I have been in the pest management industry for over 40 years. In that time I have used almost every pesticide available to control so-called “pests”. With this experience, I have learned over the years that the pesticides we use are far more dangerous than the pests we are trying to control. As a result, it has become a passion for me to improve the quality of life for humans and the planet, by assisting people to not only become more educated and aware of their environment – but also by learning to manage their home and business with a sustainable and healthier approach to tending to unwanted infestations of bugs. Please enjoy my blog posts, check out my publications, utilize my services, or simply stay in touch if you have a bug question…

Discussion

One thought on “Spiders

  1. What should one do, if they find a live spider in luggage having just traveled from overseas? Should you kill it? I don’t want to introduce something and cause a problem if I let it go outside, but don’t like to kill anything unnecessarily. I think it may have an egg sac too….

    Posted by Arrgee | July 22, 2016, 1:20 pm

Leave a Reply

Fill in your details below or click an icon to log in:

WordPress.com Logo

You are commenting using your WordPress.com account. Log Out / Change )

Twitter picture

You are commenting using your Twitter account. Log Out / Change )

Facebook photo

You are commenting using your Facebook account. Log Out / Change )

Google+ photo

You are commenting using your Google+ account. Log Out / Change )

Connecting to %s

Bug Books and Bug Club

NEW ON AMAZON

Click on book to preview

Earth Friendly Guide to Pest Management Home and Garden

 

Lifetime Membership Bug Club $25

You are welcome to join my Bug Club. If you join, I will help you with any pest problems you have forever.  I will send you a copy, via email, of my Bugman’s Guide to Non-Toxic Pest Management for your Home & Garden.  If you have any pest or pesticide issues, I will help you to the best of my ability.  This includes any pest problems at home, at work or anywhere and this offer is open to anyone in the world.  If you want to join, the cost is $25 for a lifetime membership.  You can pay through my PayPal account at  paypal.me/askthebugman or you can send a check to me at 7595 Faith Rd. Las Cruces, NM 88012.  Be sure to include your email address so I can send you the booklet.  As mentioned, membership is forever, or at least as long as I am on the planet.  Some of you are already members.  Share this info with your friends if you like.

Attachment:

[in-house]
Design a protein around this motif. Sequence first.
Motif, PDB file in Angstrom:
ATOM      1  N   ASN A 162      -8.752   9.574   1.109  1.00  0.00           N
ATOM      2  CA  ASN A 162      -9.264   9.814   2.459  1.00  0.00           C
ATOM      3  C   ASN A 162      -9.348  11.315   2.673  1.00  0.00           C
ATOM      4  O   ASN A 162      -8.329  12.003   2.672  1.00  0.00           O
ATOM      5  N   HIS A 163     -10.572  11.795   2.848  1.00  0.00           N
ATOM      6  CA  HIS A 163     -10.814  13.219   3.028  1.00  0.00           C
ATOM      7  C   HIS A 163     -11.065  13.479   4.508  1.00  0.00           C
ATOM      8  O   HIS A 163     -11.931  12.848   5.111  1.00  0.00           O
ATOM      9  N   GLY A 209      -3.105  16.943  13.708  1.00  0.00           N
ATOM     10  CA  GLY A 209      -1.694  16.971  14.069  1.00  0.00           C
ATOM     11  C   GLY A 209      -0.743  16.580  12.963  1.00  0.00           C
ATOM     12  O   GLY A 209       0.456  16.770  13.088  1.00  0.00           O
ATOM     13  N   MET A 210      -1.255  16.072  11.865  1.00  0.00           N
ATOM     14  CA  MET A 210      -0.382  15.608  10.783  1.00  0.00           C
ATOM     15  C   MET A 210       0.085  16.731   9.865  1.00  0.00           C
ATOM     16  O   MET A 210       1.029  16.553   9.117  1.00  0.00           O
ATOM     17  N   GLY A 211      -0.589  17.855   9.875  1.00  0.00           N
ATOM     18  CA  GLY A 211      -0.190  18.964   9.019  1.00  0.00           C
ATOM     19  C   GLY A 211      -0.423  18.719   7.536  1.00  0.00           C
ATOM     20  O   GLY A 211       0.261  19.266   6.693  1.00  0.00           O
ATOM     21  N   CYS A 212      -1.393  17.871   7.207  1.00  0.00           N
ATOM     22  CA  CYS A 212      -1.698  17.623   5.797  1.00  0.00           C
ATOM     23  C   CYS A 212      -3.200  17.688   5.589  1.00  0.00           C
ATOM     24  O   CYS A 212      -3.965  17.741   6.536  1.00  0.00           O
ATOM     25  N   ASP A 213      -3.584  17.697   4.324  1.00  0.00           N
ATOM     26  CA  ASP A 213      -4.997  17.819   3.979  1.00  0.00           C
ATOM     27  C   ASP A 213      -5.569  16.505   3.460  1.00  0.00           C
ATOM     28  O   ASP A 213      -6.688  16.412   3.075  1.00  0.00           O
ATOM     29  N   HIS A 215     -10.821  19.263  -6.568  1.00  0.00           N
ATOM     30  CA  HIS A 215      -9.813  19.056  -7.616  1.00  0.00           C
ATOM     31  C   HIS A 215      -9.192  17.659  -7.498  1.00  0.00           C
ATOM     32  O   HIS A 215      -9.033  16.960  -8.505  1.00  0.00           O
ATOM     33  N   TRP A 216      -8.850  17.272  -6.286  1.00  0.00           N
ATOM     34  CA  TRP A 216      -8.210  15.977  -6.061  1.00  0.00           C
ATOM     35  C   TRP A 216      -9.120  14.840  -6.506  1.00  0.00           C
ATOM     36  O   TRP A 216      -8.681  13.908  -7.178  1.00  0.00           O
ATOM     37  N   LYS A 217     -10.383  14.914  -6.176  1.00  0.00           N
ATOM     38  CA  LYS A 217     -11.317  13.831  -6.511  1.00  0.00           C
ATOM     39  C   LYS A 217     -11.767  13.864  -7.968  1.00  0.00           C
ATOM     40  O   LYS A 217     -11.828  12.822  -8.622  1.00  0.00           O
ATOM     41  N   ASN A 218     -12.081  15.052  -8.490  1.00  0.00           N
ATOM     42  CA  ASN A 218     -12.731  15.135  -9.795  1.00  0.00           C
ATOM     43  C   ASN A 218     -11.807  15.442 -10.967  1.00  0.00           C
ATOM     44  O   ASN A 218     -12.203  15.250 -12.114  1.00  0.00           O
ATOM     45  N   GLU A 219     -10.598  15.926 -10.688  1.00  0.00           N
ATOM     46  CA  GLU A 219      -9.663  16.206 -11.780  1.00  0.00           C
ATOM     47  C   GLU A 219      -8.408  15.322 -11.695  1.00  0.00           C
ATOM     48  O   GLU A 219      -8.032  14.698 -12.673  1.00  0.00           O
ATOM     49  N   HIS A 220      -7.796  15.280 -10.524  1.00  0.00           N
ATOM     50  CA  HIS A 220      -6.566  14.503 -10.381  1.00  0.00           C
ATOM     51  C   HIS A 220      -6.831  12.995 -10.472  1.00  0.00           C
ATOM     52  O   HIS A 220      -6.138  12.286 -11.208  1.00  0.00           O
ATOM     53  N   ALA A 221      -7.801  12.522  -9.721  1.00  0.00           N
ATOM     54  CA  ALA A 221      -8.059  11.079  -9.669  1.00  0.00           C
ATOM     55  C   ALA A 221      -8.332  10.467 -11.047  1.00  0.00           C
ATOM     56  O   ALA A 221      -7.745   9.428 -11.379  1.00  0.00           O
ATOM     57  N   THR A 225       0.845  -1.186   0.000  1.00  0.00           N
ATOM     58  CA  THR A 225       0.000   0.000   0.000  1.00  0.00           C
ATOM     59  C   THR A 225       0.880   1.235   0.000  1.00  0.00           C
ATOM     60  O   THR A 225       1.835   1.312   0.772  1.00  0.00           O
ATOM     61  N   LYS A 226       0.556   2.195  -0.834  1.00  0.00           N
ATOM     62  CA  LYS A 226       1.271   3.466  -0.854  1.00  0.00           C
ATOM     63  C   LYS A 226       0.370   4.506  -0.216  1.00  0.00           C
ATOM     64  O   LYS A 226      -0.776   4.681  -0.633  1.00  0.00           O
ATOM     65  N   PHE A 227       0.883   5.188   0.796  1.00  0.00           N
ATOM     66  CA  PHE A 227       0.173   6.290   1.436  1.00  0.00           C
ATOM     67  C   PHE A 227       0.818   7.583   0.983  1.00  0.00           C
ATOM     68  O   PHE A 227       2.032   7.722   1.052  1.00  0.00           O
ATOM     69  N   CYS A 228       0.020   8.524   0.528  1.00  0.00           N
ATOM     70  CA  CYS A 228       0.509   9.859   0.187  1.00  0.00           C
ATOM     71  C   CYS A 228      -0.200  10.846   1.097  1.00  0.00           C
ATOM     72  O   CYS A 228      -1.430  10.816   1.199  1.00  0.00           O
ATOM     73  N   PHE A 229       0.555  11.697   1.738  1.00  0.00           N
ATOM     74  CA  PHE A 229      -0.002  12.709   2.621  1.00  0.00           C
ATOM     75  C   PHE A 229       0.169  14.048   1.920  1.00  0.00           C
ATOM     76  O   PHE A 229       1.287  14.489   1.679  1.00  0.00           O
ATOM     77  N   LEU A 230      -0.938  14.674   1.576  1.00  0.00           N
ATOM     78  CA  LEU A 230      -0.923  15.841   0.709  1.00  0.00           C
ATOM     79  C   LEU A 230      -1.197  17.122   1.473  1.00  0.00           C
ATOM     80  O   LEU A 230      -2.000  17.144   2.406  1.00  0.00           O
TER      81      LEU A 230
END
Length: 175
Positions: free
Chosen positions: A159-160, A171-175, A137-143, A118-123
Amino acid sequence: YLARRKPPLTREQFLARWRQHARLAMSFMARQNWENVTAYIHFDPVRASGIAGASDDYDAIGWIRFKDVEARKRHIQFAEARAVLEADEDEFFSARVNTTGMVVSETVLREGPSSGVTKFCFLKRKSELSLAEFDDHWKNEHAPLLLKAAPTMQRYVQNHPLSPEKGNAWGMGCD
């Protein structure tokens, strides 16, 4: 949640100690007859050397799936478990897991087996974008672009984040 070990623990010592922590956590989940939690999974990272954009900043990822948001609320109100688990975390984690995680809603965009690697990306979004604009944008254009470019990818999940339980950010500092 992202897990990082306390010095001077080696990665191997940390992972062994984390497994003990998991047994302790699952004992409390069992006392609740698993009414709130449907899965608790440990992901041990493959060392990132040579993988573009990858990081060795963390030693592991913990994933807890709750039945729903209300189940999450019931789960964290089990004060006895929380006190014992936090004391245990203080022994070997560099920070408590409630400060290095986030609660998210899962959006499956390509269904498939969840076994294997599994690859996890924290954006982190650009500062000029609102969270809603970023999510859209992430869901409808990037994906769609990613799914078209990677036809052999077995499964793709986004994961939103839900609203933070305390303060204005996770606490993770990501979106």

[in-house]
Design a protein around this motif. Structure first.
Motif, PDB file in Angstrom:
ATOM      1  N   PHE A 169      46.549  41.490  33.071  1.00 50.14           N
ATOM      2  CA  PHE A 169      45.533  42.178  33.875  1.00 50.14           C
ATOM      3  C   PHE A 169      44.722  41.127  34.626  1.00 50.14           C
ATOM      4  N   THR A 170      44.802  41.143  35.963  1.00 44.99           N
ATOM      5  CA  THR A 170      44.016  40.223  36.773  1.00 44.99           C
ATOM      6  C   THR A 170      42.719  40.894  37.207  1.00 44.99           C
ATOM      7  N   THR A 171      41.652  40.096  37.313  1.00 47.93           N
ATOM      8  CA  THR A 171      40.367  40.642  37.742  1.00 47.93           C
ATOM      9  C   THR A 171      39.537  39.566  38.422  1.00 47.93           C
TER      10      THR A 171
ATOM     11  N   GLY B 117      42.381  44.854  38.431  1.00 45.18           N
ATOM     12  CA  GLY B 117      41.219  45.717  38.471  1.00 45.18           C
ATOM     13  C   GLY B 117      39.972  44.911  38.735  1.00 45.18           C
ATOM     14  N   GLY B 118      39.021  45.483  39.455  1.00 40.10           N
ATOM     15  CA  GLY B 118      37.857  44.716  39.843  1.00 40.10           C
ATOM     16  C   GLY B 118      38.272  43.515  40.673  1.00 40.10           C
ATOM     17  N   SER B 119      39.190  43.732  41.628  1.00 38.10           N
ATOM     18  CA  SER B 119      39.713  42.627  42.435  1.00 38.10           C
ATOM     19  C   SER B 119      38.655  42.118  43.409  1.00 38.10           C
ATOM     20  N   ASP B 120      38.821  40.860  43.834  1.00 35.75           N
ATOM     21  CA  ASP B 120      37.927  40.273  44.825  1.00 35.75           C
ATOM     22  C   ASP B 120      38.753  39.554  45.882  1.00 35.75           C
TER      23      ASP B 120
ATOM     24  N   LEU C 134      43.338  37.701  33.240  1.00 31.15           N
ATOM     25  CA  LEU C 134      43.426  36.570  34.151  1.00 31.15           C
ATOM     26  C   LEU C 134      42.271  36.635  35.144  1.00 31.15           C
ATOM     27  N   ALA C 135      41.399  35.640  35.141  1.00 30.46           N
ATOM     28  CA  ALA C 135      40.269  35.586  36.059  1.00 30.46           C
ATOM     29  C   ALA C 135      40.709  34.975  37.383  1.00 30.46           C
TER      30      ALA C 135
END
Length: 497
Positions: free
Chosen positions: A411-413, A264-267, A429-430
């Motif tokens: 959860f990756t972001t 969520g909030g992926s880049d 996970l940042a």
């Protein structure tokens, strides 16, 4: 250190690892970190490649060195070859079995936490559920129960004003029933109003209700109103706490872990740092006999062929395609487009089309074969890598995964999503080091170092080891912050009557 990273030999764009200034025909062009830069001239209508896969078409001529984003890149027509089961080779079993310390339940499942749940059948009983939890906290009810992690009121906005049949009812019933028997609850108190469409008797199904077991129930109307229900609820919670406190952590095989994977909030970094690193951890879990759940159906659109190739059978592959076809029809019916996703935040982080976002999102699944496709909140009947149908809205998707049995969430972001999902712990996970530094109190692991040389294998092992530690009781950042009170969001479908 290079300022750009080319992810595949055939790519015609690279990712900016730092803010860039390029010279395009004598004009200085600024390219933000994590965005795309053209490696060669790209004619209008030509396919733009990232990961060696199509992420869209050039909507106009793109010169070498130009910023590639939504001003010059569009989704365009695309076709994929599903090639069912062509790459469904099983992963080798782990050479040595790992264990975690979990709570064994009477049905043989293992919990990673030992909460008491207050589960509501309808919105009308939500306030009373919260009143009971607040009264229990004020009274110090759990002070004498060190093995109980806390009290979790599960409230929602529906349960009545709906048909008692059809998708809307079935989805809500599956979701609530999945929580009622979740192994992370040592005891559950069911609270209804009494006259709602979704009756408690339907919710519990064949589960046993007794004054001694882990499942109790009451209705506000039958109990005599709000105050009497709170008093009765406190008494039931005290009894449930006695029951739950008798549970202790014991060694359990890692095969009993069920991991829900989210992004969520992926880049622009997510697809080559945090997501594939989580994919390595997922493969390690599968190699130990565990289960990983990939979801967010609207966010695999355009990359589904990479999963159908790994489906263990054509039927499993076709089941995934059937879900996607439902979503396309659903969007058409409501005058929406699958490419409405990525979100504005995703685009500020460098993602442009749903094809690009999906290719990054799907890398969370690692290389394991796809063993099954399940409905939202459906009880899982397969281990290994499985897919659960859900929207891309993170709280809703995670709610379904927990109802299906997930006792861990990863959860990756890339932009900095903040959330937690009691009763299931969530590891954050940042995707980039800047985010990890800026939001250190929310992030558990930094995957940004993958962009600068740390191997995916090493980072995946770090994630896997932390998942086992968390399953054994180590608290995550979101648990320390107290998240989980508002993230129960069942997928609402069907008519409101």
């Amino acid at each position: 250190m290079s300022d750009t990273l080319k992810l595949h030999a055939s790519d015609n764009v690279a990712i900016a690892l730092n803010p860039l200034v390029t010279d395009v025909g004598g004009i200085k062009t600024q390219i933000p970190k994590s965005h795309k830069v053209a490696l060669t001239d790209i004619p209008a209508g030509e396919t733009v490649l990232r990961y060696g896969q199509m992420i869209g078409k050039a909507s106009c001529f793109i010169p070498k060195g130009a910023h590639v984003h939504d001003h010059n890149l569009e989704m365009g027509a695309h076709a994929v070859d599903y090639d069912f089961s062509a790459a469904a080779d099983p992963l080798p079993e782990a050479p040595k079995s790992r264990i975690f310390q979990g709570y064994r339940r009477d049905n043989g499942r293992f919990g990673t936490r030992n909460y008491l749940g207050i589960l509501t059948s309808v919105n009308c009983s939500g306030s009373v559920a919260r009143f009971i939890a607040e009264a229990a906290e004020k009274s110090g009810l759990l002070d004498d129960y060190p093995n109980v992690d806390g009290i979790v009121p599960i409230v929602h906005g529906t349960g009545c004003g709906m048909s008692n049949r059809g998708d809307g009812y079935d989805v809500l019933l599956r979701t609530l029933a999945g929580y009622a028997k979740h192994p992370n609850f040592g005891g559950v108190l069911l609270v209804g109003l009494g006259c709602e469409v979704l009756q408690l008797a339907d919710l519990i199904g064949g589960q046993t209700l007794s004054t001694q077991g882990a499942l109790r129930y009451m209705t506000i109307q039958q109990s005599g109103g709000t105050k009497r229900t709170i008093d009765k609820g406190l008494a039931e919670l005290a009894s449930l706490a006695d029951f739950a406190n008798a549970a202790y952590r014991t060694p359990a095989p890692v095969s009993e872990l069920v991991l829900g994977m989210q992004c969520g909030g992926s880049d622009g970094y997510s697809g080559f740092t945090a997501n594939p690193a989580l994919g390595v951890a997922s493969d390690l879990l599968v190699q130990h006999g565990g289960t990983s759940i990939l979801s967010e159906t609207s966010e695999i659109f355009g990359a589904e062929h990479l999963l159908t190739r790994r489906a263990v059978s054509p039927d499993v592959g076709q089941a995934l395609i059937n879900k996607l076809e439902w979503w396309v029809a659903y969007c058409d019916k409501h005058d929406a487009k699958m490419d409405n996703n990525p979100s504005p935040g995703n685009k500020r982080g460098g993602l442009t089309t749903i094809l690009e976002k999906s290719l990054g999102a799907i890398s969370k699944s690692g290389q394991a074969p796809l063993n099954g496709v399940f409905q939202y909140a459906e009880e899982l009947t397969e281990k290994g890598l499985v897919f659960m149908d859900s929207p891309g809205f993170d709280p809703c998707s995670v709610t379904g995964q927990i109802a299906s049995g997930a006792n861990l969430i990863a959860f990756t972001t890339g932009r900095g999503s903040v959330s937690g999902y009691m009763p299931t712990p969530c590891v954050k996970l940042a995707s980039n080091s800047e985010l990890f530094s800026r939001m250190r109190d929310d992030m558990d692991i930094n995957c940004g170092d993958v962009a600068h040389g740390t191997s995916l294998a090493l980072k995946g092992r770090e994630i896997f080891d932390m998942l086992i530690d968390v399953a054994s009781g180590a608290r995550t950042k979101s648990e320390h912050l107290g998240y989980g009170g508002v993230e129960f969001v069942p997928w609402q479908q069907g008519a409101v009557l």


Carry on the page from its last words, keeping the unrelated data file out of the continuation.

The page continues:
Common Sense PM in Schoolsbug book

The purpose of this manual is to help schools to control pests without exposing any students, faculty or staff to toxic pesticides when controlling pests... Learn more & purchase...

Identify & Control of Household Ants bug book

This book will help you control any ants that become pests. It covers most of the common species in the USA and others... Learn more & purchase...

Enter your email address to follow this blog and receive notifications of new posts by email.

Join 148 other followers

%d bloggers like this: